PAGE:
Good Fruit Grower

May 15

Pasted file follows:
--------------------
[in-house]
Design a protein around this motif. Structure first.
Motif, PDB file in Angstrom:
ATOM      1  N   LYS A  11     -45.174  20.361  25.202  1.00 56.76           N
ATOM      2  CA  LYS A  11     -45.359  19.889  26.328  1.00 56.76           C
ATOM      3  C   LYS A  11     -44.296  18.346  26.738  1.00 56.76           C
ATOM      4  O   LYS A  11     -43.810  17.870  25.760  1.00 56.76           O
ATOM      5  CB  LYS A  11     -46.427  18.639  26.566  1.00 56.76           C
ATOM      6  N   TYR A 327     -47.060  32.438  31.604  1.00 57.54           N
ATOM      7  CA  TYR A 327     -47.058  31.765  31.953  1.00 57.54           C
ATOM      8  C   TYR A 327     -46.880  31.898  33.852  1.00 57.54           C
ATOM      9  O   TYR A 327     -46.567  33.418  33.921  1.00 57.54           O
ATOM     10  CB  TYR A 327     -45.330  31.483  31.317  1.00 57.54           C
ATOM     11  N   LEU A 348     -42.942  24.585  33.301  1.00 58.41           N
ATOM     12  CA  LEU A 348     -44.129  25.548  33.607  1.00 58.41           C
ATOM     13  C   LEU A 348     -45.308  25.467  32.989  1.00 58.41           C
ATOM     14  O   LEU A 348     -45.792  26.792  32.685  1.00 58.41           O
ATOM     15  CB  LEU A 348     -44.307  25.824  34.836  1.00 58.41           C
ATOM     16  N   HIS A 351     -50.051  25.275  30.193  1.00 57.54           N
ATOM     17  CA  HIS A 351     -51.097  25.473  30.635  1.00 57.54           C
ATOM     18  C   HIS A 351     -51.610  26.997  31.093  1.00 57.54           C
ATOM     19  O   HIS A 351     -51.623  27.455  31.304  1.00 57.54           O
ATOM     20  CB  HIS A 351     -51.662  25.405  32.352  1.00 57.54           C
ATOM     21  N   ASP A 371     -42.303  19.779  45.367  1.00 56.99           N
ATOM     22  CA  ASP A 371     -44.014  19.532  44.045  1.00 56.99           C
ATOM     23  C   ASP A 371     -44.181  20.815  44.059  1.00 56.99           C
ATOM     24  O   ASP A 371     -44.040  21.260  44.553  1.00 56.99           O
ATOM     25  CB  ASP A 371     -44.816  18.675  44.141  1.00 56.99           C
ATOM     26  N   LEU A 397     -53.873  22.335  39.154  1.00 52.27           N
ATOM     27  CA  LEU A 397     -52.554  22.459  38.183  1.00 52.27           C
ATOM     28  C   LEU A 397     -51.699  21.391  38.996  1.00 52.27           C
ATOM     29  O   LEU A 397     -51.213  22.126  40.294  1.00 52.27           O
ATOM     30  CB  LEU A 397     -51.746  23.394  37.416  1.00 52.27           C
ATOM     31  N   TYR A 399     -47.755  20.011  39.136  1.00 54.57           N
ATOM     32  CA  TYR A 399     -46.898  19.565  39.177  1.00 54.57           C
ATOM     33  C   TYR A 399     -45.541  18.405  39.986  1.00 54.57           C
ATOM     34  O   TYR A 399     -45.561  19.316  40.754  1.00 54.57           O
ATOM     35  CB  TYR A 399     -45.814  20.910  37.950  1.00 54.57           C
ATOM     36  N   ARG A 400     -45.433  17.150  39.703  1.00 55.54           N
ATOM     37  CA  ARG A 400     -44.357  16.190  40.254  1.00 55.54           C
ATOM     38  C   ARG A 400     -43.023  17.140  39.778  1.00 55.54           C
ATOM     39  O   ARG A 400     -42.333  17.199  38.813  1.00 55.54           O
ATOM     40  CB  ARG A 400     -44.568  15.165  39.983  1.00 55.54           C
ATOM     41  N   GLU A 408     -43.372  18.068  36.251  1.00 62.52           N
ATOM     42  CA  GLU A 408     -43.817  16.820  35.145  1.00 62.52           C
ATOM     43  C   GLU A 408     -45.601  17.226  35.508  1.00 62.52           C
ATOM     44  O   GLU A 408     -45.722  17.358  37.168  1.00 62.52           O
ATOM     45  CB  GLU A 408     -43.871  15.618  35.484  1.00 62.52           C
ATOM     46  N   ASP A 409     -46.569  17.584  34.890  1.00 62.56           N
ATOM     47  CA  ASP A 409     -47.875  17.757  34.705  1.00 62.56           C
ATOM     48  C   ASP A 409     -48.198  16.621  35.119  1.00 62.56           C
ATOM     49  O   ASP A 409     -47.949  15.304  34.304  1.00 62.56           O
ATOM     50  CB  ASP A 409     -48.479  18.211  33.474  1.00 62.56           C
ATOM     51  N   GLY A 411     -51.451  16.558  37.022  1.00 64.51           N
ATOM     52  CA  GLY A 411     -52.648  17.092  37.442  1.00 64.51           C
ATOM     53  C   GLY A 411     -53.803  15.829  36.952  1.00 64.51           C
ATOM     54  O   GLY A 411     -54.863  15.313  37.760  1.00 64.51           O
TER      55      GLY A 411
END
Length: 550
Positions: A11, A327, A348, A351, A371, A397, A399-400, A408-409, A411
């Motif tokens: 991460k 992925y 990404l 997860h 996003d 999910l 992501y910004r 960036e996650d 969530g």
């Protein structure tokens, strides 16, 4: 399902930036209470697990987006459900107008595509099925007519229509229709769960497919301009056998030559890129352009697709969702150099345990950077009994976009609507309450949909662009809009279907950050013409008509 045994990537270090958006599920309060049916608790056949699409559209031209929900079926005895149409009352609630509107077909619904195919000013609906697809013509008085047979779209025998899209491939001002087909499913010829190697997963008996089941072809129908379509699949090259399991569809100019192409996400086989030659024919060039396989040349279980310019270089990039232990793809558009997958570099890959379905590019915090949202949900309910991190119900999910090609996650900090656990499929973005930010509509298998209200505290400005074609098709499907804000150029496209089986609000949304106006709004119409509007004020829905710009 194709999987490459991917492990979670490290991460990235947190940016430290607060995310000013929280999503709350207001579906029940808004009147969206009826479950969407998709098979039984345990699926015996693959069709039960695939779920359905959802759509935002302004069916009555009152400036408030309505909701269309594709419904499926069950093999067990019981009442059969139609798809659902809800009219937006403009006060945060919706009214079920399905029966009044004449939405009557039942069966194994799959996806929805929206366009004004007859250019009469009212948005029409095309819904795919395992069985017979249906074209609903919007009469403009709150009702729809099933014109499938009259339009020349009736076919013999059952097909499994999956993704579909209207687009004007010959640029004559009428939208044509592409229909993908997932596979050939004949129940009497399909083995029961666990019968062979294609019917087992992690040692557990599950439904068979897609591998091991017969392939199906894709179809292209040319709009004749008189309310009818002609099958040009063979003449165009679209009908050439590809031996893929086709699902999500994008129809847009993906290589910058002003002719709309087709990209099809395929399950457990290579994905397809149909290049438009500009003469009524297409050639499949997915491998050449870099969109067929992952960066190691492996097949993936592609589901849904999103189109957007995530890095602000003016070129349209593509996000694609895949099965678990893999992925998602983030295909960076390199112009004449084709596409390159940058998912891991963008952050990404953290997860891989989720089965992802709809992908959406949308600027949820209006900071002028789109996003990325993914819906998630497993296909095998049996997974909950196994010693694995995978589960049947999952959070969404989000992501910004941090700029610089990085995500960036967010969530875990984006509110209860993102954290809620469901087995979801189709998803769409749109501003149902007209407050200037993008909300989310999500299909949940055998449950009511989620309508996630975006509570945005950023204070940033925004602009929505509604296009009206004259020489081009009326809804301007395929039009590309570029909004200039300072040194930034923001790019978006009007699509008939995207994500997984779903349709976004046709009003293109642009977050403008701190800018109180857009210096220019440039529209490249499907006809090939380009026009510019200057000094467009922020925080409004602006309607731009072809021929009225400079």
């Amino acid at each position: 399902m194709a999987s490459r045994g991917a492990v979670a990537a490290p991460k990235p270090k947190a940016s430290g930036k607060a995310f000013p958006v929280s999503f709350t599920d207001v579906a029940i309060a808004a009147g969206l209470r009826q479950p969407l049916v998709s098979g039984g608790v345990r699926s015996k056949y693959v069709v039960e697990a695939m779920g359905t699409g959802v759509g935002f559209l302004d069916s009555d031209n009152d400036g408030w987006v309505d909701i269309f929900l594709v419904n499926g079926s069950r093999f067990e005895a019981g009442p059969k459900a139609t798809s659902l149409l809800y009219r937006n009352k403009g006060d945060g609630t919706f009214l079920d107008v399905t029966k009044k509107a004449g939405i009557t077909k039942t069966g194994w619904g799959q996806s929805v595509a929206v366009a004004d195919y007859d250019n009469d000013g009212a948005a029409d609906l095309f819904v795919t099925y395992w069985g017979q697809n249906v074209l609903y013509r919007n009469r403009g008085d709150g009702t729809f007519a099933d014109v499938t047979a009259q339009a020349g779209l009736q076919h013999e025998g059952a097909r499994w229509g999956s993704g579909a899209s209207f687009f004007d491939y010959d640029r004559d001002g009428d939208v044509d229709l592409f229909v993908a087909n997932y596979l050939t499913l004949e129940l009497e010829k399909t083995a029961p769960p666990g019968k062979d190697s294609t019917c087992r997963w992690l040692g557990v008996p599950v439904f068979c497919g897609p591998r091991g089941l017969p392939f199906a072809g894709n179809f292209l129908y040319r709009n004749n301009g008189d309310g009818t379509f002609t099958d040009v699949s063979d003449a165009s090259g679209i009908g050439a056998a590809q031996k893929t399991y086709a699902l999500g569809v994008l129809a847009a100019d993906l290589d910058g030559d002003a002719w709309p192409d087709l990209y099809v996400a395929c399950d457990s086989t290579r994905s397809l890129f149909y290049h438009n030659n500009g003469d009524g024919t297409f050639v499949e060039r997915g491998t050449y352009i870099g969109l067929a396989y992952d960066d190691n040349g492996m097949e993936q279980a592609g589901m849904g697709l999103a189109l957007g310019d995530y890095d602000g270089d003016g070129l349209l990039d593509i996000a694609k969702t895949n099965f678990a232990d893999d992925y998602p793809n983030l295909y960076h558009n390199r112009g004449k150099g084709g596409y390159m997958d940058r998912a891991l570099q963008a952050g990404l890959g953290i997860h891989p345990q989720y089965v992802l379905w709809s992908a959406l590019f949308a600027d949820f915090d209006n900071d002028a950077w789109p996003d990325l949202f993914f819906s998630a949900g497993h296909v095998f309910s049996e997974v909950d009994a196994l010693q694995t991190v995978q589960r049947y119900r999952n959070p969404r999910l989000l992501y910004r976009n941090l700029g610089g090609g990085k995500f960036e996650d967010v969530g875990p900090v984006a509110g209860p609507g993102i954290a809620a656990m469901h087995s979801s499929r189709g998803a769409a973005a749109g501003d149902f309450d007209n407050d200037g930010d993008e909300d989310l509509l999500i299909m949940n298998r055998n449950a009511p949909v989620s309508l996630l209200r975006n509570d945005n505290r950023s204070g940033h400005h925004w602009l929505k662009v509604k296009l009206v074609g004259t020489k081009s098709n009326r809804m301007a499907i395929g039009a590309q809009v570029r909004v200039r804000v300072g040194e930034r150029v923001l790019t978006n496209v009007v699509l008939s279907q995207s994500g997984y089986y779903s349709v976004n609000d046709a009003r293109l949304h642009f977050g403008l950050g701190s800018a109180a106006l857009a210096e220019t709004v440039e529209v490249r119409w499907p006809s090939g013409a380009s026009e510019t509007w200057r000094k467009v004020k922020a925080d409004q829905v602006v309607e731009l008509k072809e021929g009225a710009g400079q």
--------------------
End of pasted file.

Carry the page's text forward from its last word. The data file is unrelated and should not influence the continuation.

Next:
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5 The Top Five Top five ways to grow large CHERRIES Start by pruning to eliminate potentially small fruit. by Melissa Hansen T he days of a moderate-sized cherry crop in the Pacific Northwest are gone, short of widespread weather events that reduce the crop. With more than 50,000 acres of sweet cherries planted in Washington and Oregon, last year's record-setting crop of 23.2 million 20-pound boxes will be more common as young orchards planted to high density come into full production. "We've got a lot of cherries planted," said Lynn Long, Oregon State University Extension educator for Wasco County. "Nowadays, when we have a moderate- to largesized crop, we have difficulty selling all of the fruit. We don't need more cherries on the market. What we need are high quality cherries for the market." The way to produce large fruit, he said, is to prune to eliminate small fruit on the tree. "Pruning is by far the most important thing a grower can do to produce large, high quality cherries. Whether trees are on full-size or dwarfing rootstock, with today's market conditions, there's just no point in growing small cherries." Long offered the following pointers to help growers produce large fruit: 1 Prune out small and pendant wood. This is especially important with Gisela rootstocks, but also with trees on Mazzard, Long said. "How many times have you seen pendant wood in a Mazzard tree where there's no new growth at the end of the branch? Let's get rid of that wood that will produce 11.5- and 12row fruit and focus on growing the 9-row fruit." 2 Keep the leaf-to-fruit ratio in balance. The leaf-to-fruit ratio is important with all rootstocks, but is especially critical with productive rootstocks. He recommends having at least six leaves for every 24 May 15, 2013 GOOD FRUIT GROWER

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